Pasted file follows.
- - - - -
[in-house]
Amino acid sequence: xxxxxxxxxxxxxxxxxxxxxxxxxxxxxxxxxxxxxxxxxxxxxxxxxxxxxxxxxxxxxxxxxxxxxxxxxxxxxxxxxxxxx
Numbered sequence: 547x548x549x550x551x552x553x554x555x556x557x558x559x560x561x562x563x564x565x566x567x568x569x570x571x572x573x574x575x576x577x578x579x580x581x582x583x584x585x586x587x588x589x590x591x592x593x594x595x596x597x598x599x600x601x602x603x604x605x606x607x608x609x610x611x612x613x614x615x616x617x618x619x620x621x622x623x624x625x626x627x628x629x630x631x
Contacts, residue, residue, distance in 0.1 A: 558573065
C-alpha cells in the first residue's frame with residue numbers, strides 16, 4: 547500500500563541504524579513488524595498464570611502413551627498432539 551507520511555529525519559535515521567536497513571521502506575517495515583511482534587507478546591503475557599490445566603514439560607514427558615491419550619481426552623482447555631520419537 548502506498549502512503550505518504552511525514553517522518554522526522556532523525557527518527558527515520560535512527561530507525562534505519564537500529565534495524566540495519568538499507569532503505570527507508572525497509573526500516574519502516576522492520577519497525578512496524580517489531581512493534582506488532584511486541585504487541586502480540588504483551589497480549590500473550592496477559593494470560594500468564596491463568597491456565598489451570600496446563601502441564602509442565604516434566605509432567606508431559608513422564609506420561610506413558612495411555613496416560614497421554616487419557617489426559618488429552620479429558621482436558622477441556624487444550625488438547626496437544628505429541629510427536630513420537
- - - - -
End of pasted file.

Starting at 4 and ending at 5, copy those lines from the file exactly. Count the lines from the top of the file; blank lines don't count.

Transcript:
Contacts, residue, residue, distance in 0.1 A: 558573065
C-alpha cells in the first residue's frame with residue numbers, strides 16, 4: 547500500500563541504524579513488524595498464570611502413551627498432539 551507520511555529525519559535515521567536497513571521502506575517495515583511482534587507478546591503475557599490445566603514439560607514427558615491419550619481426552623482447555631520419537 548502506498549502512503550505518504552511525514553517522518554522526522556532523525557527518527558527515520560535512527561530507525562534505519564537500529565534495524566540495519568538499507569532503505570527507508572525497509573526500516574519502516576522492520577519497525578512496524580517489531581512493534582506488532584511486541585504487541586502480540588504483551589497480549590500473550592496477559593494470560594500468564596491463568597491456565598489451570600496446563601502441564602509442565604516434566605509432567606508431559608513422564609506420561610506413558612495411555613496416560614497421554616487419557617489426559618488429552620479429558621482436558622477441556624487444550625488438547626496437544628505429541629510427536630513420537